christine_lagarde

The Guardian: Interview with Christine Lagarde CEO of IMF.

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She has travelled the world asking countries to contribute to a firewall fund, but several have asked – not unreasonably – why they should have to pay for Europe’s mistakes, when Europe is still richer than most of the world. Does the eurozone crisis matter more to their own interests than they realise? “Oh, I think they realise it,” Lagarde says quickly, sounding deadly serious. “There has not been a capital I have visited in the last 10 months where the first question has not been: what is the situation in Europe? Are the Europeans sorting it out?”

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Even more than she thinks about all those now struggling to survive without jobs or public services? “I think of them equally. And I think they should also help themselves collectively.” How? “By all paying their tax. Yeah.”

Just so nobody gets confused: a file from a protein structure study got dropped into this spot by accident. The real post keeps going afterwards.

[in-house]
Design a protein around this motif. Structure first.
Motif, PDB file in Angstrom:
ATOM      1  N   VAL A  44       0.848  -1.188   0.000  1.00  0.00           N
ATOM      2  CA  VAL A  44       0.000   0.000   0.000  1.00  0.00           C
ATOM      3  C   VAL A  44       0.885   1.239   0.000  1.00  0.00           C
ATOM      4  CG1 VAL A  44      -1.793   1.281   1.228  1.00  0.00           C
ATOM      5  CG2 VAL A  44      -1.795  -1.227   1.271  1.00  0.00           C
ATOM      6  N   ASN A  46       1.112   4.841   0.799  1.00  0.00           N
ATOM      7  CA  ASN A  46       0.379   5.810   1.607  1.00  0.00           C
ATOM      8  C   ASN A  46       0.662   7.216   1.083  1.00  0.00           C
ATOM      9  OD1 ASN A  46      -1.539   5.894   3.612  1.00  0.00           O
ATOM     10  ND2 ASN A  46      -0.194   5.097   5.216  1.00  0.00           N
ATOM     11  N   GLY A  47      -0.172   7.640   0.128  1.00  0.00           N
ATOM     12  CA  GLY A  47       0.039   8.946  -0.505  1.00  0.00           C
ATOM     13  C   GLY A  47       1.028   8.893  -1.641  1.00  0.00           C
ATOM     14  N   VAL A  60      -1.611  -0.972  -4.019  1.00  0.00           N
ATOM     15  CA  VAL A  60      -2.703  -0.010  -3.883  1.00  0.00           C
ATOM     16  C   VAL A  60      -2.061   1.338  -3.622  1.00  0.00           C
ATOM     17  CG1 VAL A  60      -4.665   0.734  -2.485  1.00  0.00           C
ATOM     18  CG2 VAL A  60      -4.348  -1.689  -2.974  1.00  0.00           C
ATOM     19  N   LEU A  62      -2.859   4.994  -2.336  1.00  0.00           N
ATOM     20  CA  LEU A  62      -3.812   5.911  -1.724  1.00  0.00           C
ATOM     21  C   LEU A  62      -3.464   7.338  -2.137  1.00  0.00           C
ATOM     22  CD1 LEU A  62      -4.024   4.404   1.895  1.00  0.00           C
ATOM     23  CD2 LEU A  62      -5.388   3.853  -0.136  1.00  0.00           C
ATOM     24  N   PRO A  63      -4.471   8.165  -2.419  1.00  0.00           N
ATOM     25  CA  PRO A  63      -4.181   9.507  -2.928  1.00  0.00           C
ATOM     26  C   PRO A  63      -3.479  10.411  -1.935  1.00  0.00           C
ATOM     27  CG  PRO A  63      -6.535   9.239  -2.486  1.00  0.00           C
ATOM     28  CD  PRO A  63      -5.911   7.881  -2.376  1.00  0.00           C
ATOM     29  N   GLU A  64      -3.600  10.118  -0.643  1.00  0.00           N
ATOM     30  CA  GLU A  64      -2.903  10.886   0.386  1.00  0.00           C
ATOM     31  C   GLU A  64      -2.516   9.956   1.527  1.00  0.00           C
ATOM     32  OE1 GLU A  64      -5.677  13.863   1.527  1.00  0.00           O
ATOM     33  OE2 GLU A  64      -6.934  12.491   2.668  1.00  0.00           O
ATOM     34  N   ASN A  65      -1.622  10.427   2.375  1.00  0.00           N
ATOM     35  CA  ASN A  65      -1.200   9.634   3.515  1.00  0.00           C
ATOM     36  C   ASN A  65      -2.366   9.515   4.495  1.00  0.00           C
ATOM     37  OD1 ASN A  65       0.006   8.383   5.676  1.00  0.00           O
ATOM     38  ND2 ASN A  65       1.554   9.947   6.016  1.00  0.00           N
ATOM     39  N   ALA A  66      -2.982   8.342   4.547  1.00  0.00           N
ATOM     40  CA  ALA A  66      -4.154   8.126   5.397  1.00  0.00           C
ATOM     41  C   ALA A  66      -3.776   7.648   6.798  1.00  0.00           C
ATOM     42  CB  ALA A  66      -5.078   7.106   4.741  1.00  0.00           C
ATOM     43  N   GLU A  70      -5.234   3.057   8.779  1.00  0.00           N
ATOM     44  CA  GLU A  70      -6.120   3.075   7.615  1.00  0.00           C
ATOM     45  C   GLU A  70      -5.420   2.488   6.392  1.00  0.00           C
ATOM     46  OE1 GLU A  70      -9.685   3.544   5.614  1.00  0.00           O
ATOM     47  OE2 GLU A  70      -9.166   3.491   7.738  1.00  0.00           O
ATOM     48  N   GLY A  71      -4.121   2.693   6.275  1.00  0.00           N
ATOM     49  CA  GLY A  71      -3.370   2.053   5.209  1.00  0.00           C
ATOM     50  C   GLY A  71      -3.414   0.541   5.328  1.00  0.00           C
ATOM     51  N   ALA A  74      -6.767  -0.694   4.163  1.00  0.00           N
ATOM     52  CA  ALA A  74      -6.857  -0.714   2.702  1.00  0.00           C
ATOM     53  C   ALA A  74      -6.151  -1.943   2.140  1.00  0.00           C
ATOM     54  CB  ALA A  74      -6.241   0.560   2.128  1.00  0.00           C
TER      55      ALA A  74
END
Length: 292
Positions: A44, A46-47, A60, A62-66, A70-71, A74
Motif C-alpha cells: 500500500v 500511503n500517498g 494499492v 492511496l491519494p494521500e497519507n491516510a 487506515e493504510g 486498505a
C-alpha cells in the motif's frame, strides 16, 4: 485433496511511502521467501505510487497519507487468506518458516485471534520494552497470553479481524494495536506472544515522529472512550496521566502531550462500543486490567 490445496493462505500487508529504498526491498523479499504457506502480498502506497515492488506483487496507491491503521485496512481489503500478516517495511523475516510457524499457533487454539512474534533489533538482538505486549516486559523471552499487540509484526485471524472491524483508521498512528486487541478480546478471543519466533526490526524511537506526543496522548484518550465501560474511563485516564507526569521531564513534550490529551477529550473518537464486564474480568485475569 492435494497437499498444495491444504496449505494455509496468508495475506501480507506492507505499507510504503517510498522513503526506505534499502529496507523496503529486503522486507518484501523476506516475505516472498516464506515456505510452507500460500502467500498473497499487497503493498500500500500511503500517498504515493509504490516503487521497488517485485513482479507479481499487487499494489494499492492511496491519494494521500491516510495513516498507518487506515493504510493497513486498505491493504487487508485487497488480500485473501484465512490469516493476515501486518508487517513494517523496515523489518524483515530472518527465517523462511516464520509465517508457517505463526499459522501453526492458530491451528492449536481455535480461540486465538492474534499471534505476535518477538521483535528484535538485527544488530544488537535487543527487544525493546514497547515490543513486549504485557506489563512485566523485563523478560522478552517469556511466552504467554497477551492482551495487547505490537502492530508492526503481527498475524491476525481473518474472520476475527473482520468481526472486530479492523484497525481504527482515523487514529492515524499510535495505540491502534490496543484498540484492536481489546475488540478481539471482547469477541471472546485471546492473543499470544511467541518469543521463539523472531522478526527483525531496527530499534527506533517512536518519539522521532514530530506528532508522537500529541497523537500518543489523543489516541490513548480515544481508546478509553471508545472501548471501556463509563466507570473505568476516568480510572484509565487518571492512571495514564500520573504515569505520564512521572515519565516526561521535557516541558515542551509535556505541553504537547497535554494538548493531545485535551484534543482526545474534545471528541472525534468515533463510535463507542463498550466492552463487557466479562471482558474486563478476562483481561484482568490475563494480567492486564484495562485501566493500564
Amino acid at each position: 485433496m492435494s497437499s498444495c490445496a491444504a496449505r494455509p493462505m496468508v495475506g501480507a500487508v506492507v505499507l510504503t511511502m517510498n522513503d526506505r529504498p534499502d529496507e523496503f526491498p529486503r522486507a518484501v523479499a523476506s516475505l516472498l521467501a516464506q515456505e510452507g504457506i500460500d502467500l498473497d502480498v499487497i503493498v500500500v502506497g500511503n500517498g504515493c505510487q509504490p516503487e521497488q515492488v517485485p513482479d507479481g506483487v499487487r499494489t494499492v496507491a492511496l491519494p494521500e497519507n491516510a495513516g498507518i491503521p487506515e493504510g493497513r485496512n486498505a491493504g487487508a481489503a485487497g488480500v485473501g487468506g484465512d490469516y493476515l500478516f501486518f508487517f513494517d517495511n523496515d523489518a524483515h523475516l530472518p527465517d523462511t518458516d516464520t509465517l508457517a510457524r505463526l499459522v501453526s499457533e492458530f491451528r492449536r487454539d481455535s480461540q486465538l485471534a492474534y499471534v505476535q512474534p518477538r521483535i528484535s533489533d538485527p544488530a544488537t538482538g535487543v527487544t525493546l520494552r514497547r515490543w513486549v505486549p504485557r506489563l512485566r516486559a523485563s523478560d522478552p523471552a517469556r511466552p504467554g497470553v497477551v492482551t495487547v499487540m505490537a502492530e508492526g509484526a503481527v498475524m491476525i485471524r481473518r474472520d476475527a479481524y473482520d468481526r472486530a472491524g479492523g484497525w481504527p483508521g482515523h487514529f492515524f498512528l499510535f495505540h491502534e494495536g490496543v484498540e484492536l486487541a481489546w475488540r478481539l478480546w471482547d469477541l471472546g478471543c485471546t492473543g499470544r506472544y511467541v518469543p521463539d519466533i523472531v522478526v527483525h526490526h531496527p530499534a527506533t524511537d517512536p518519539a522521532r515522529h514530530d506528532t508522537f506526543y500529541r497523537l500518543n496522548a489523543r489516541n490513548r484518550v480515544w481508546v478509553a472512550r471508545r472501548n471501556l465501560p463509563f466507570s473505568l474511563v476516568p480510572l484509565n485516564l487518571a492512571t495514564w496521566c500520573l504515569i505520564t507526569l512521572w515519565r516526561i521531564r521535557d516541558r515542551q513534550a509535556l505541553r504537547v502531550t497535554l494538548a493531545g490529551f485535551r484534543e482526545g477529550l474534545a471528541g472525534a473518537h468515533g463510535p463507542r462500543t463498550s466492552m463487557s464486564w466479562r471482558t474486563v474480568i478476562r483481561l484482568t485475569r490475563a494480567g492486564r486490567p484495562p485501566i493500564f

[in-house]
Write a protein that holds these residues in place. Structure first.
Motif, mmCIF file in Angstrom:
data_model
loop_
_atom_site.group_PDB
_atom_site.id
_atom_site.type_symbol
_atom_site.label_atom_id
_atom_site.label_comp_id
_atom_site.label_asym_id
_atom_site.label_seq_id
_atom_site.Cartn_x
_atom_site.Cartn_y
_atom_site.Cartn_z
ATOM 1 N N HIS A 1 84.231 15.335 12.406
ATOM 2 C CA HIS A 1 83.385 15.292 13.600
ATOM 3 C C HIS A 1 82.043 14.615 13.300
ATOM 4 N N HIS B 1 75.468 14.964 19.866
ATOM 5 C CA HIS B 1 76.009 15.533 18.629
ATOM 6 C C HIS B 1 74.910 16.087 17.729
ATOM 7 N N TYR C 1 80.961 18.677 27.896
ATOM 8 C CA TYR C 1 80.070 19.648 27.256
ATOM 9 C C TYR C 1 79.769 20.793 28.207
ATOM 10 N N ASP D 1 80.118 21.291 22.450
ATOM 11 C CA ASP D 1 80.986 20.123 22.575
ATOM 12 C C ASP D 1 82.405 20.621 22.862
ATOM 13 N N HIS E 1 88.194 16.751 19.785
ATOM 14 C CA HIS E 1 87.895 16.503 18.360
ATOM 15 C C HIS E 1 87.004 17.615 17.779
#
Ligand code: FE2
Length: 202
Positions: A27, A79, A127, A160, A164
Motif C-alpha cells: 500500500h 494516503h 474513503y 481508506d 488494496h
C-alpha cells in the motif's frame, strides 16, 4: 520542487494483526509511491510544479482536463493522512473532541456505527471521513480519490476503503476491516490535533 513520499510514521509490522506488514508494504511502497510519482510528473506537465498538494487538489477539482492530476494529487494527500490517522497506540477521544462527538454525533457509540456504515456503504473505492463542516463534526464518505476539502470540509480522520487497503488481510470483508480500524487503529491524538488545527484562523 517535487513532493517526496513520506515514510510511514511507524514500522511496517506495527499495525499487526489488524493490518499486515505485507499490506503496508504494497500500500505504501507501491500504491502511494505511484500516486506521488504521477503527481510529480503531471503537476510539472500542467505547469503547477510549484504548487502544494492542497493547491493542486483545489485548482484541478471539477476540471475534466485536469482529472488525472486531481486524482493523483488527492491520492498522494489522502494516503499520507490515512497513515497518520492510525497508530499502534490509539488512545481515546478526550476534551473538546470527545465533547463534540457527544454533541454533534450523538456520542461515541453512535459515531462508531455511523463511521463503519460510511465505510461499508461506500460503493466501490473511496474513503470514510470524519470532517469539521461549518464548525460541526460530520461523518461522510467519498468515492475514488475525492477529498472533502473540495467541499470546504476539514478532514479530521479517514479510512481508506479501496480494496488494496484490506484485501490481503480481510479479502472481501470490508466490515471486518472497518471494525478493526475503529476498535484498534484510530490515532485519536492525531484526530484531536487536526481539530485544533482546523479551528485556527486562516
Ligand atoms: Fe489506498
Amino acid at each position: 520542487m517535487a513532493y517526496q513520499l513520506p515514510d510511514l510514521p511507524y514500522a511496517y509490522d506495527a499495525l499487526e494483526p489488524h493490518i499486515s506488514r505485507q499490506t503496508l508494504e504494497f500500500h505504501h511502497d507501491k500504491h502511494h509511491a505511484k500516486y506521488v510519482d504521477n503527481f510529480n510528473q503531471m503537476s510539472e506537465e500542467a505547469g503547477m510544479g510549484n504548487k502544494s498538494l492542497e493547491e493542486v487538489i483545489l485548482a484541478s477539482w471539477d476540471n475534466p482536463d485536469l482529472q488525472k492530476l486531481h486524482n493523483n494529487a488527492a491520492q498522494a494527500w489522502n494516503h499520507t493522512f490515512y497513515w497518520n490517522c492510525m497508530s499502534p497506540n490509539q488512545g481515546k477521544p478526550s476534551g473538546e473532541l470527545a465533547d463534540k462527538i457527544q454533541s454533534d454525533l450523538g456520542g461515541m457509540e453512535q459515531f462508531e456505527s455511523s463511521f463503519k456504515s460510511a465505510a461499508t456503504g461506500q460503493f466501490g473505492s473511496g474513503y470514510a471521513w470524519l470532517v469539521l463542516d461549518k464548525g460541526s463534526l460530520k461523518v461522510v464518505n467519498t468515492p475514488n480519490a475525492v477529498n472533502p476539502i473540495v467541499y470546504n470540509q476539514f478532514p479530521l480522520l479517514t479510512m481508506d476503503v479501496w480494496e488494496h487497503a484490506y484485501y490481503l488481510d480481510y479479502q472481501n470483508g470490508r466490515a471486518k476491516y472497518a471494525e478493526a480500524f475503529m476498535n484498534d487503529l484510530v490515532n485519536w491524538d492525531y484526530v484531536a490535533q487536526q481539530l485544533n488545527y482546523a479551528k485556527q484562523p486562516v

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“What’s really interesting,” she says more seriously, “is that wherever you see a change of government, for instance in Spain, do you see major changes from the economic and financial policies that were conducted by their predecessors? No.” She suspects we will see a similar pattern now in France. “I’m very much a believer that it’s action that matters much more so than, you know, the flurry of political promises and statements and slogans that are used during political campaigns. So let’s see.”

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Is she saying there’s no need to panic about a rift between Paris and Berlin? “I should think so,” she agrees quietly, with a knowing smile. “I think it’s largely overstated.”

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Could she at least say where we are on the curve; is this as bad as things can be, or will they get worse? “I’m not in the business of reading tea leaves. I don’t have a crystal ball. Some of the major issues are being resolved – but it’s not over now. Let’s face it, it’s not over yet.”